Passan: No Manny Ramirez callup on the way

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Sources tell Yahoo! Sports’ Jeff Passan that the Rangers have no plans to call up Manny Ramirez, even with regular designated hitter Lance Berkman making little progress with his leg problems and weighing retirement.

Ramirez went 1-for-4 on Thursday and is hitting .250/.318/.417 with three homers in 15 games for Triple-A Round Rock as he attempts a major league comeback after playing in Taiwan earlier this season.

“This isn’t Manny Ramirez,” a scout told Passan. “This is a 41-year-old still trying to play baseball and not doing it very well.”

At least, he’s not doing it very well two-thirds of the time. Ramirez has actually destroyed left-handers so far, hitting all three of his homers off them. He’s 7-for-21 against southpaws, compared to 8-for-39 with just one extra-base hit (a double) against righties.

But even if Manny could still hit lefties in the majors, there just isn’t much room for platoon DHs on teams with 12-man pitching staffs. The Rangers probably won’t give him a look unless they think he can handle a bigger role.

Rockies acquire Zac Rosscup from Cubs

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The Rockies announced a minor swap of relief pitchers on Monday evening. The Cubs sent lefty Zac Rosscup to the Rockies in exchange for right-hander Matt Carasiti.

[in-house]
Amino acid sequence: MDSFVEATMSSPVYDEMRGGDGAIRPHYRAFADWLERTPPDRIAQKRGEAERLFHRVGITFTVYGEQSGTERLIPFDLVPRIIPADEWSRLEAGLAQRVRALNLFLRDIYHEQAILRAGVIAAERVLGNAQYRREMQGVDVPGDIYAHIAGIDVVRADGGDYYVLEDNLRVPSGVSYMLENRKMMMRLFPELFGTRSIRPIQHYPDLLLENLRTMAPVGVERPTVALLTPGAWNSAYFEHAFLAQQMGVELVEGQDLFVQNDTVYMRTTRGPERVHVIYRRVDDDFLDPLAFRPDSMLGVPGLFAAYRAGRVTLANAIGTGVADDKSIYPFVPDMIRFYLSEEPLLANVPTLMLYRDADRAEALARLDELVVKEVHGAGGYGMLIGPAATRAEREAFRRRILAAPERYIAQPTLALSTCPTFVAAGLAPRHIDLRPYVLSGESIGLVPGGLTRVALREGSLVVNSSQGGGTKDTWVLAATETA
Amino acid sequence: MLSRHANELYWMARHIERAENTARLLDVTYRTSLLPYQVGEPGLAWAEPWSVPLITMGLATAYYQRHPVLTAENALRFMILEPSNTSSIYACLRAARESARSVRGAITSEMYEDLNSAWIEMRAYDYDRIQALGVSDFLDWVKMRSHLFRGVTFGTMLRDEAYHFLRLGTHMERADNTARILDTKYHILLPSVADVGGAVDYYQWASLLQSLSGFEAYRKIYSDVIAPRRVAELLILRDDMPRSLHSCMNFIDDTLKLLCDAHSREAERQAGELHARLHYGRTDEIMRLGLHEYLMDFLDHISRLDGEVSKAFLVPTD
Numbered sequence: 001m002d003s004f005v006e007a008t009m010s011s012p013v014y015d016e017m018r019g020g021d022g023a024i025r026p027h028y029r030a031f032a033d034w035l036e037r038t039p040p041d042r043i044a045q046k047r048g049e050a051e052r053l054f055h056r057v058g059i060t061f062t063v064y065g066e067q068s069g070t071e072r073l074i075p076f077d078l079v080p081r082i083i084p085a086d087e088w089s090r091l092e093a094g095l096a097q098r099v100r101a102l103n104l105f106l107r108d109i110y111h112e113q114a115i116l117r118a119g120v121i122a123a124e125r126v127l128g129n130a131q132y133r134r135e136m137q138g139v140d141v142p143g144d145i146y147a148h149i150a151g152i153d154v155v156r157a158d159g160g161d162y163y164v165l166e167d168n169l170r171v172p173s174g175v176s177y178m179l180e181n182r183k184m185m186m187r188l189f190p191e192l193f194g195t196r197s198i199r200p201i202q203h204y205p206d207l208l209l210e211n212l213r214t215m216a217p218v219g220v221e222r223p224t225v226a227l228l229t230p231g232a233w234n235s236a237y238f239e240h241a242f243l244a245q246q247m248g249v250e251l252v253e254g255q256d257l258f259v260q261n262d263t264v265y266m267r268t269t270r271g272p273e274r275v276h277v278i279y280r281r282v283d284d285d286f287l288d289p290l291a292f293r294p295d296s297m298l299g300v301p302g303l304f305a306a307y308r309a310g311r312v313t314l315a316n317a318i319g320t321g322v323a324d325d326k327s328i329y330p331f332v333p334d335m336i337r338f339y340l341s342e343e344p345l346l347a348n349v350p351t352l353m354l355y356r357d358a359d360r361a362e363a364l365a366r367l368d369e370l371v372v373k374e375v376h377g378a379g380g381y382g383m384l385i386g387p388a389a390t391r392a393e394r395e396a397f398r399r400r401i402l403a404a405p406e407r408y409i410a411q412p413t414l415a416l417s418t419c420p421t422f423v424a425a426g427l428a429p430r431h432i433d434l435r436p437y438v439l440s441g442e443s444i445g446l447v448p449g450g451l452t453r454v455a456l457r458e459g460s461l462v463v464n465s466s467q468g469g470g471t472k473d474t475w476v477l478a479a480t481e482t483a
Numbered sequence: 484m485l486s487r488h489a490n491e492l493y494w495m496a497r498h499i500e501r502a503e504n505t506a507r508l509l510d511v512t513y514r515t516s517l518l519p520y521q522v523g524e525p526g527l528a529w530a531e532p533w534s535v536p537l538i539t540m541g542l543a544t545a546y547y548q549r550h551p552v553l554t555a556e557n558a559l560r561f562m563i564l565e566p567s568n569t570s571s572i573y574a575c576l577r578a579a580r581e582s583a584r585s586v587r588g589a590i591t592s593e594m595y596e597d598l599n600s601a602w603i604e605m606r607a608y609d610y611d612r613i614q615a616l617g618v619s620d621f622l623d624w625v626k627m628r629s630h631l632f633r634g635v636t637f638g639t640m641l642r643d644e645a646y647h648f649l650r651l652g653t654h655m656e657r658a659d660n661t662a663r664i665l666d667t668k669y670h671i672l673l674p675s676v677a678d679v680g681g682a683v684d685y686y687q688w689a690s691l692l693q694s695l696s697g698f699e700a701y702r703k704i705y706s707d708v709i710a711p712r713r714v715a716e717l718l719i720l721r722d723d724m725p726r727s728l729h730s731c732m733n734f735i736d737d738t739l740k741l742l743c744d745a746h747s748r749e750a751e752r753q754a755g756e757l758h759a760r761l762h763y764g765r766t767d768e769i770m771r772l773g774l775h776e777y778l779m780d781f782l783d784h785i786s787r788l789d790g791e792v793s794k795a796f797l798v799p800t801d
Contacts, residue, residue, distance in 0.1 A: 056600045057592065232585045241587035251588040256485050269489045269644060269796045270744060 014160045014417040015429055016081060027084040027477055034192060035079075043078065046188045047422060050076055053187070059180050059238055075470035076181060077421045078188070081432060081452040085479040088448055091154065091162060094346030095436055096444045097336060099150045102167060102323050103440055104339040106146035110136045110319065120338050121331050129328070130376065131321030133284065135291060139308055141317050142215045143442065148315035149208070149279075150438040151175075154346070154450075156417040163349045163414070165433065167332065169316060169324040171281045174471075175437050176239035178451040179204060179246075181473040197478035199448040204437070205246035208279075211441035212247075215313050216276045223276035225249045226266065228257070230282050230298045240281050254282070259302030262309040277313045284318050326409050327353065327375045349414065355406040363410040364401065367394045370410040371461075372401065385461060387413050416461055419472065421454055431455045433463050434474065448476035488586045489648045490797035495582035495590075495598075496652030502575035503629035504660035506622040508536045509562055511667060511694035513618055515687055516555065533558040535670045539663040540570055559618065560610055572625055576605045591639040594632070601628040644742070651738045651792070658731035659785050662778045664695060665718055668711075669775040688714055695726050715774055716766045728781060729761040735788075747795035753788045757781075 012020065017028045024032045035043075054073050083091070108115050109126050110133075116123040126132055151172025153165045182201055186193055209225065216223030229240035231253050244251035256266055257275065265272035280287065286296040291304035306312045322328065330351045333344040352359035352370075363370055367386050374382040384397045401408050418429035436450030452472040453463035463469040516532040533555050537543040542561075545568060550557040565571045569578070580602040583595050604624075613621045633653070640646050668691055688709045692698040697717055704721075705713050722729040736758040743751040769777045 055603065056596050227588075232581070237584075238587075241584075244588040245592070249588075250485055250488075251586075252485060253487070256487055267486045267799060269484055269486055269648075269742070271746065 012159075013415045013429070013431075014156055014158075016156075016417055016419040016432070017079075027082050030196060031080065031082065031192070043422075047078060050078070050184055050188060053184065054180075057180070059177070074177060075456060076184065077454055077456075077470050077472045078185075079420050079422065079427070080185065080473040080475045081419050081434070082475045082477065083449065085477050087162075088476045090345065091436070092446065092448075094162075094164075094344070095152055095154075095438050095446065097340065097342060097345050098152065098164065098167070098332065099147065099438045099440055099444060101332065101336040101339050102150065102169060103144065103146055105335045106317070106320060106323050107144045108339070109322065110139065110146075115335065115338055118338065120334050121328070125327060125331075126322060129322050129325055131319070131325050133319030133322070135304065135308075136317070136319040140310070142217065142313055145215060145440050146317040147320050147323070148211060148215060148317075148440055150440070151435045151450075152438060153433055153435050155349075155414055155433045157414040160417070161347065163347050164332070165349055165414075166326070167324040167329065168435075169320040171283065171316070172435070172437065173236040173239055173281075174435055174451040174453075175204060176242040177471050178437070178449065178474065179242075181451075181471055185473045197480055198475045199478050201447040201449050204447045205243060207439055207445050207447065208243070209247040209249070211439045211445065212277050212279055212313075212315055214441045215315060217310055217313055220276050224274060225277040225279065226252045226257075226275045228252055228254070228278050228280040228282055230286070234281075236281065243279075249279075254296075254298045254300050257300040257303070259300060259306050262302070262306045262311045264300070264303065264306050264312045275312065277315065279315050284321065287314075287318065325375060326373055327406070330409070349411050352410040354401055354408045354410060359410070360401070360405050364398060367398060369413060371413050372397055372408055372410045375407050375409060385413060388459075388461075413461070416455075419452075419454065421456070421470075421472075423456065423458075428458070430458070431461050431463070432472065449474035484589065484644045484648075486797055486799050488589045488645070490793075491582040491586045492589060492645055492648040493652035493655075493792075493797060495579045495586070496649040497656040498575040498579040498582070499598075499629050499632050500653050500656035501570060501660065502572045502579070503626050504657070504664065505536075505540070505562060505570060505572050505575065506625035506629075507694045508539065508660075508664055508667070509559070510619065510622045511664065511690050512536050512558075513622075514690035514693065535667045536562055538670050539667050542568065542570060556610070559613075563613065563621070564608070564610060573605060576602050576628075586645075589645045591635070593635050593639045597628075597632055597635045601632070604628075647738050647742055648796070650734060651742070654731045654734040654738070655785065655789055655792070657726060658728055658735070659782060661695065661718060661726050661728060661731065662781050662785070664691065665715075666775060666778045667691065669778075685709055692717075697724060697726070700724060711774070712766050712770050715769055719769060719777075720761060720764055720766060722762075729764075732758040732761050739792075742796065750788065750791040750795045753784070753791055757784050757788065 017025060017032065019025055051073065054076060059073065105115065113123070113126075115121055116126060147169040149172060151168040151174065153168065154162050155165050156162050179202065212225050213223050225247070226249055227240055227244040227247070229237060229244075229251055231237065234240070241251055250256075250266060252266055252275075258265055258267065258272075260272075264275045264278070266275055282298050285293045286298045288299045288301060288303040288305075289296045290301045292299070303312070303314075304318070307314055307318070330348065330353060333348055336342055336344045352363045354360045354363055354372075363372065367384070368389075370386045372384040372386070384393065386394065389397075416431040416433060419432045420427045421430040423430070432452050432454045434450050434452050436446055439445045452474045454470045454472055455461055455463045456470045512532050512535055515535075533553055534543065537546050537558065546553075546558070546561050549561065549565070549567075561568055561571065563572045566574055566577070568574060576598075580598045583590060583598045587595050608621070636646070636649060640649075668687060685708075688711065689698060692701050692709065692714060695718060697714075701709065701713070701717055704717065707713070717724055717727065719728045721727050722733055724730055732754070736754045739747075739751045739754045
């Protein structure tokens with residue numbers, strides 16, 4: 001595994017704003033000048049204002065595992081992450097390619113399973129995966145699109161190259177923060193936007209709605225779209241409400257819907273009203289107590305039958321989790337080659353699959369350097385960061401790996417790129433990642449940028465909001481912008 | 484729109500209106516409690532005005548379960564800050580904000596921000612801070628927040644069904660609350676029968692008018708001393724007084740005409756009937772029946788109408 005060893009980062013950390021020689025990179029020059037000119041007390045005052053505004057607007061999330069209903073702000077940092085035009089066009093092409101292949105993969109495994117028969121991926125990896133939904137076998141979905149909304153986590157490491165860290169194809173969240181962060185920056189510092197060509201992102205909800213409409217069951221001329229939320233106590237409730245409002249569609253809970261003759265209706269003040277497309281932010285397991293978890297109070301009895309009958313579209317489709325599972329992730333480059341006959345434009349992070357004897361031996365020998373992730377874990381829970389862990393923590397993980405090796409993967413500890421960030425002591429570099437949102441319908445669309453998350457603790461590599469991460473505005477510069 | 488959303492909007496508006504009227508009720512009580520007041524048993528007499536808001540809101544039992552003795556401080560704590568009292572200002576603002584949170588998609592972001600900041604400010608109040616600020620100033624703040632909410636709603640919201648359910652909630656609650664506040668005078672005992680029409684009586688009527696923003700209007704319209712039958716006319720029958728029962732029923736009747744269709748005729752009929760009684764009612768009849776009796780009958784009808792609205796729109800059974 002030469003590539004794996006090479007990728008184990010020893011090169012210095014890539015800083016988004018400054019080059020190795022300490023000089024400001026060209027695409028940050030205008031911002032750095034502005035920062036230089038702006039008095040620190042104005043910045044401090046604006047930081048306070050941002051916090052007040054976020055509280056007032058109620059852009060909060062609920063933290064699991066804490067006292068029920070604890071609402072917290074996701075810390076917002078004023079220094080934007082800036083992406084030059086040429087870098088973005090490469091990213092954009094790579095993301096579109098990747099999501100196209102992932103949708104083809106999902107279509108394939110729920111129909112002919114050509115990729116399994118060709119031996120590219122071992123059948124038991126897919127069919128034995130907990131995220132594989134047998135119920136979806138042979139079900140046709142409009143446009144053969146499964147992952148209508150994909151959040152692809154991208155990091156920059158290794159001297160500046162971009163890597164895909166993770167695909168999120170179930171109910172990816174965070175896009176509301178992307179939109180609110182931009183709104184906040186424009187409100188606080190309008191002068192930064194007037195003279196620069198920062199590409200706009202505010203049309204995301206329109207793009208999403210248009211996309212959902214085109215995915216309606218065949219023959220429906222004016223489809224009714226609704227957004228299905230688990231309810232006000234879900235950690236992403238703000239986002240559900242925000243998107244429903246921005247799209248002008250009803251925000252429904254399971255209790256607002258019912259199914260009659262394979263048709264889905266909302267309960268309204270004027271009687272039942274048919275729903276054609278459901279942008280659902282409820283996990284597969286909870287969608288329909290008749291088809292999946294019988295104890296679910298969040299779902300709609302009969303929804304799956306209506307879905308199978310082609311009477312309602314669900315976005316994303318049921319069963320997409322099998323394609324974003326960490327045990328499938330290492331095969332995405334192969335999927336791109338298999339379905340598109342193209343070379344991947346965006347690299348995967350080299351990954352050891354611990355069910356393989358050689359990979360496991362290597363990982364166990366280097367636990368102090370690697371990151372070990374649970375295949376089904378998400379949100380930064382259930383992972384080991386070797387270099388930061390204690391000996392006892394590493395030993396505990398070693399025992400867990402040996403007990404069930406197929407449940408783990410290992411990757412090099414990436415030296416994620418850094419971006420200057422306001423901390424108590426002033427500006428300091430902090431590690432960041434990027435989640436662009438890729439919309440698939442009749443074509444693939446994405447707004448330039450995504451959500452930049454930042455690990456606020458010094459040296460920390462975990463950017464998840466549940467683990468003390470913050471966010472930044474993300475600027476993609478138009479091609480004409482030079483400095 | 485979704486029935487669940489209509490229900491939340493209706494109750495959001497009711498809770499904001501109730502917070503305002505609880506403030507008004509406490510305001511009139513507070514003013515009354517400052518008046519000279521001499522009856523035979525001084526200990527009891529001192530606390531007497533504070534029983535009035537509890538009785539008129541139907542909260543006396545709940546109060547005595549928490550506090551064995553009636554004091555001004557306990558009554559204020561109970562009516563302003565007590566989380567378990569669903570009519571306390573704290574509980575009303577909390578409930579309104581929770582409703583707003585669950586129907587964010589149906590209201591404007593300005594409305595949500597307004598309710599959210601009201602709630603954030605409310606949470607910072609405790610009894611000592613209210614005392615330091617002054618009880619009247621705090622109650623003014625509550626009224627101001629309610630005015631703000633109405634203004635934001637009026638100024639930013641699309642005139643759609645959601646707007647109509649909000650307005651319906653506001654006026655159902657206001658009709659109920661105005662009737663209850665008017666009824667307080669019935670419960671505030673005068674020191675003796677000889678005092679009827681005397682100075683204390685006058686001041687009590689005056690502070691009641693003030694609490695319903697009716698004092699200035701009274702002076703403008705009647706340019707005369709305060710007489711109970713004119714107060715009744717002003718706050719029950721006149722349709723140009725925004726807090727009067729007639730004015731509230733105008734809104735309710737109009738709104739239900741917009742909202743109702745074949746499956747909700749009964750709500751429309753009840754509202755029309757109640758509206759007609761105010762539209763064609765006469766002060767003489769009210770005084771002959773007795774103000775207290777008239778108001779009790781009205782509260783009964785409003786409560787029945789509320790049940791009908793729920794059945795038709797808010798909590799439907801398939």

Rosscup, 29, was designated for assignment by the Cubs last Thursday. He spent only two-thirds of an inning in the majors this year and has a 5.32 career ERA across 47 1/3 innings. Rosscup has spent most of the season with Triple-A Iowa, posting a 2.60 ERA in 27 2/3 innings.

Carasiti, 25, spent 15 2/3 innings in the majors last year, putting up an ugly 9.19 ERA. With Triple-A Albuquerque this season, he compiled a 2.37 ERA and a 43/13 K/BB ratio in 30 1/3 innings.

U.S. Court of Appeals affirms ruling that the minor leagues are exempt from federal antitrust law

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The Associated Press reported that on Monday, the U.S. Court of Appeals for the 9th Circuit affirmed a district court ruling which holds that the minor leagues are exempt from federal antitrust law, just like the major leagues.

In 2015, four minor leaguers sued Major League Baseball, alleging that MLB violated antitrust laws with its hiring and employment policies. They accused MLB of “restrain[ing] horizontal competition between and among” franchises and “artificially and illegally depressing” the salaries of minor league players.

The U.S. Court of Appeals said the players failed to state an antitrust claim, as the Curt Flood Act of 1998 exempted Minor League Baseball explicitly from antitrust laws.

This case is separate from the Aaron Senne case in which Major League Baseball is accused of violating the Fair Labor Standards Act. That case was recertified as a class action lawsuit in March. In December, Major League Baseball established a political action committee (PAC), which came months after two members of Congress sought to change language in the FLSA so that minor league players could continue to be paid substandard wages.